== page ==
Before we get to this division that Beijing might seek to exploit with the alliance, some are saying that, actually, the United States, for all the

answers might be causing right now, is staking out his position. It's asking the world to bet on it as eventually being, I don't want to say

triumphant or dominant, but winning the competition with China.

It's a big bet by Australia to realign its position in the Pacific and also potentially an attempt to keep China in its zone and not elsewhere. Do you

understand -- I mean, do you buy that at all?


GARDNER: Yes. Yes, I do.

And let's remember that there are some countries who are applauding this. The Japanese have said so. The Indians have said. I think other countries

in the Indo-Pacific are pleased that this agreement is going ahead. The French are obviously extremely angry.

It is true that there have been other moments of crisis. This is not the first. I remember, when I took up my post in Brussels as ambassador the

E.U. in 2014, it was a few weeks after the Edward Snowden affair. And, of course, we had the Iraq War.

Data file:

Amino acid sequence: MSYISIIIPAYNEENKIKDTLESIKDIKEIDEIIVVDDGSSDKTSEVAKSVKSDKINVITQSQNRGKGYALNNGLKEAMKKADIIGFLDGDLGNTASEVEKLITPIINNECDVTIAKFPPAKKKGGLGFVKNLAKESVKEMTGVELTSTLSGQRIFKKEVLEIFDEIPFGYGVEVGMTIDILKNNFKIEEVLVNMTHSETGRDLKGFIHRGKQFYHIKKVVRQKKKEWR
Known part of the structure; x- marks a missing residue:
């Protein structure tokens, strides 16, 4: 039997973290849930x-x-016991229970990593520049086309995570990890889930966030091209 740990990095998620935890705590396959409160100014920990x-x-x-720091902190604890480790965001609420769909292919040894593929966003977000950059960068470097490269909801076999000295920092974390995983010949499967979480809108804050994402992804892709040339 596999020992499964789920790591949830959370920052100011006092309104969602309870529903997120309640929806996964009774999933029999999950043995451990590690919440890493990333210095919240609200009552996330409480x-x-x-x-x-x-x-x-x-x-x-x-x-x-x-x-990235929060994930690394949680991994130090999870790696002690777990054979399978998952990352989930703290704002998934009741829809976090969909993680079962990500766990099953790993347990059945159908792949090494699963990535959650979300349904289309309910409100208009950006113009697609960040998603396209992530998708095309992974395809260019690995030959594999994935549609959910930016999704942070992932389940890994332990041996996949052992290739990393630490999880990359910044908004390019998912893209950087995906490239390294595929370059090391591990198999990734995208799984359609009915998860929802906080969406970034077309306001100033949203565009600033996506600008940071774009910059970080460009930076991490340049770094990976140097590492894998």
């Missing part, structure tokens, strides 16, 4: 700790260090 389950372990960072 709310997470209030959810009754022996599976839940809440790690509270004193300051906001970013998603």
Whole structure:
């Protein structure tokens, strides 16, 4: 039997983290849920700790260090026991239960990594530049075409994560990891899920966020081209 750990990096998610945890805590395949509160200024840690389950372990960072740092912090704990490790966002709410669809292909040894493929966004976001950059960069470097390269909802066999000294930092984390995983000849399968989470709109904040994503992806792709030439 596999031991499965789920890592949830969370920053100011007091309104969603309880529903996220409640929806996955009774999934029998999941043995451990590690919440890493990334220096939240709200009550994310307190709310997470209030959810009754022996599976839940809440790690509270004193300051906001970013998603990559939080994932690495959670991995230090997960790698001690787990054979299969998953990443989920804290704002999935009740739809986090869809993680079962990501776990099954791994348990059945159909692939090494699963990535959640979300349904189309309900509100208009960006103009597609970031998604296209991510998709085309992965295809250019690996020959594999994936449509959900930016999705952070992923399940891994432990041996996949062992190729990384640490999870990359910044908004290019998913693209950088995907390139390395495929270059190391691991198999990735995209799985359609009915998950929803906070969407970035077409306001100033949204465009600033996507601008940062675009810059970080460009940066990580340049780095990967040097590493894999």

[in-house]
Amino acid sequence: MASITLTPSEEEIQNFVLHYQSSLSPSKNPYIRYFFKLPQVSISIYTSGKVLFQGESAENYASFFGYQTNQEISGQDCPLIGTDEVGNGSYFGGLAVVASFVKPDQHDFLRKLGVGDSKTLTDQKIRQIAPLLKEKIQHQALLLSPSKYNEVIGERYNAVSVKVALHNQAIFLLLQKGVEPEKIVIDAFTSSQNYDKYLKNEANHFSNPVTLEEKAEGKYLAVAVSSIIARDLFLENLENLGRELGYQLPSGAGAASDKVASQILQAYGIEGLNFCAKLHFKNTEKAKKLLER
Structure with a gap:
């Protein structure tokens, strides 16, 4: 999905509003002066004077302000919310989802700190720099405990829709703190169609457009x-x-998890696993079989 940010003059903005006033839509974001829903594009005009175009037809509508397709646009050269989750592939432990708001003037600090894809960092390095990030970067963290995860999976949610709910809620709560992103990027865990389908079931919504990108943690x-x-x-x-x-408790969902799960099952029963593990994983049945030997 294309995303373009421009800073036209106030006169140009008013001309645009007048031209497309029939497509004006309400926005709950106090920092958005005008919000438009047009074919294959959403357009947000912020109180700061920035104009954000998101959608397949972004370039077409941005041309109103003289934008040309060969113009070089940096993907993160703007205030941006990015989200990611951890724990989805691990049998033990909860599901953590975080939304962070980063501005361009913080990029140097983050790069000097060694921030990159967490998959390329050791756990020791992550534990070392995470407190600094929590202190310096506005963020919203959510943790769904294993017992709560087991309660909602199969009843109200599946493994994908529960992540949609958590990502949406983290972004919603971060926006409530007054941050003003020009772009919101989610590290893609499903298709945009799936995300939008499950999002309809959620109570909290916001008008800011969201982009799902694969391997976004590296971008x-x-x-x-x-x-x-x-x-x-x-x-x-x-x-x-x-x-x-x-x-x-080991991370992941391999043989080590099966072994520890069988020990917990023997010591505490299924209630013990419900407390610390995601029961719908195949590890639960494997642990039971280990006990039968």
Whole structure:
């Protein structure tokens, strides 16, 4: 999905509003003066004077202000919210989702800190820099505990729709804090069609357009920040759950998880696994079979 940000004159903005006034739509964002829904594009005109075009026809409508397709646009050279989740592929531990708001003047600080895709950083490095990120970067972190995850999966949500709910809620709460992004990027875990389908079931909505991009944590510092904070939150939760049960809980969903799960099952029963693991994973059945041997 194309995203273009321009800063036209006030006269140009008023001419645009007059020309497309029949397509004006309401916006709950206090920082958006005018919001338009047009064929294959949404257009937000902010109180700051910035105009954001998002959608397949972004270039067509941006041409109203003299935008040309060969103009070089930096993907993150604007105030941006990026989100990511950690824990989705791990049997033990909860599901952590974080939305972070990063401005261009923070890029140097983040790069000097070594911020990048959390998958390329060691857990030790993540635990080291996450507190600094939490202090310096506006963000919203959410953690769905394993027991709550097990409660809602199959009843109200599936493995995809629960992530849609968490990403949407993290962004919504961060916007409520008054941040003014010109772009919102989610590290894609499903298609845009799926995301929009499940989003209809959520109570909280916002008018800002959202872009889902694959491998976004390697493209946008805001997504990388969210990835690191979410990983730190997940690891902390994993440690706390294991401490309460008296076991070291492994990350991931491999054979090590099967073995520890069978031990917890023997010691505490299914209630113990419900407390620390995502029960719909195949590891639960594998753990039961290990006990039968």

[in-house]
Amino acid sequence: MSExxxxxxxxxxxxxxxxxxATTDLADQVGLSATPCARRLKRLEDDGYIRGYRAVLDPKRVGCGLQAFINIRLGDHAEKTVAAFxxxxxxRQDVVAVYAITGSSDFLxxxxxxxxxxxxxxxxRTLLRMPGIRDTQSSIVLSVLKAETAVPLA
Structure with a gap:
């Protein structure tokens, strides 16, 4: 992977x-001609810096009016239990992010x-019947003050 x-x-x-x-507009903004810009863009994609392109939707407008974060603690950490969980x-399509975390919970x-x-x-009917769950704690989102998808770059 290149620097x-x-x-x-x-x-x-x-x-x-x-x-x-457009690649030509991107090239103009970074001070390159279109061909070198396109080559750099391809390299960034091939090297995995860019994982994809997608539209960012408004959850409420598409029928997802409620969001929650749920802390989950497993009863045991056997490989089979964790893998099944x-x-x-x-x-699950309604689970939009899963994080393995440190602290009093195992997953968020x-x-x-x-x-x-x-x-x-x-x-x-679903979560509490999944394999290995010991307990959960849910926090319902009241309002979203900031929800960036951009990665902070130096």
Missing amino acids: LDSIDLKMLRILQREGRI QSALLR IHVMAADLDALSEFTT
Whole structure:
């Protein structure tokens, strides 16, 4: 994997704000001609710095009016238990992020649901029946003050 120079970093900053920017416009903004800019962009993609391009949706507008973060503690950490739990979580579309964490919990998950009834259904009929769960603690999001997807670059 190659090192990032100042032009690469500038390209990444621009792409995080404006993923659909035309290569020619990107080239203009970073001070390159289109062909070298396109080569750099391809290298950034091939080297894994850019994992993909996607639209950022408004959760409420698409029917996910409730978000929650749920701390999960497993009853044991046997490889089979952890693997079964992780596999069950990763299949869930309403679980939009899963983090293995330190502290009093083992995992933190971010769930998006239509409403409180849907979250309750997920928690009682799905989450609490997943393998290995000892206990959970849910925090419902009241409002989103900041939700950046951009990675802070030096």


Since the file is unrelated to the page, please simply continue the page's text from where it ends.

But this is also a very serious crisis. So I hope we can we can deal with it swiftly and involve France perhaps in this deal. It should not be seen

as exclusionary. And I think the White House has said that. It should not be seen as excluding France. It has real assets in that area and has real

interests in the Indo-Pacific.

AMANPOUR: Assets are very important. You're right. I mean, it's one of the few of all these countries that actually has a naval and other assets out


But to your point about France's position, you have obviously, like many people, been listening to the foreign minister. He's been very, very

undiplomatic, indeed. And he has said things. And let me read it.

He has said, for instance: "The unilateralism the unpredictability, the lack of consultation between allies that we have seen displayed in the

decision taken by Australia and the United States is the persistence of reflexes from an era we hoped was over."

Well, you read that as saying, what, that we hoped the Trump era was over, the blatant me-first-ism was over?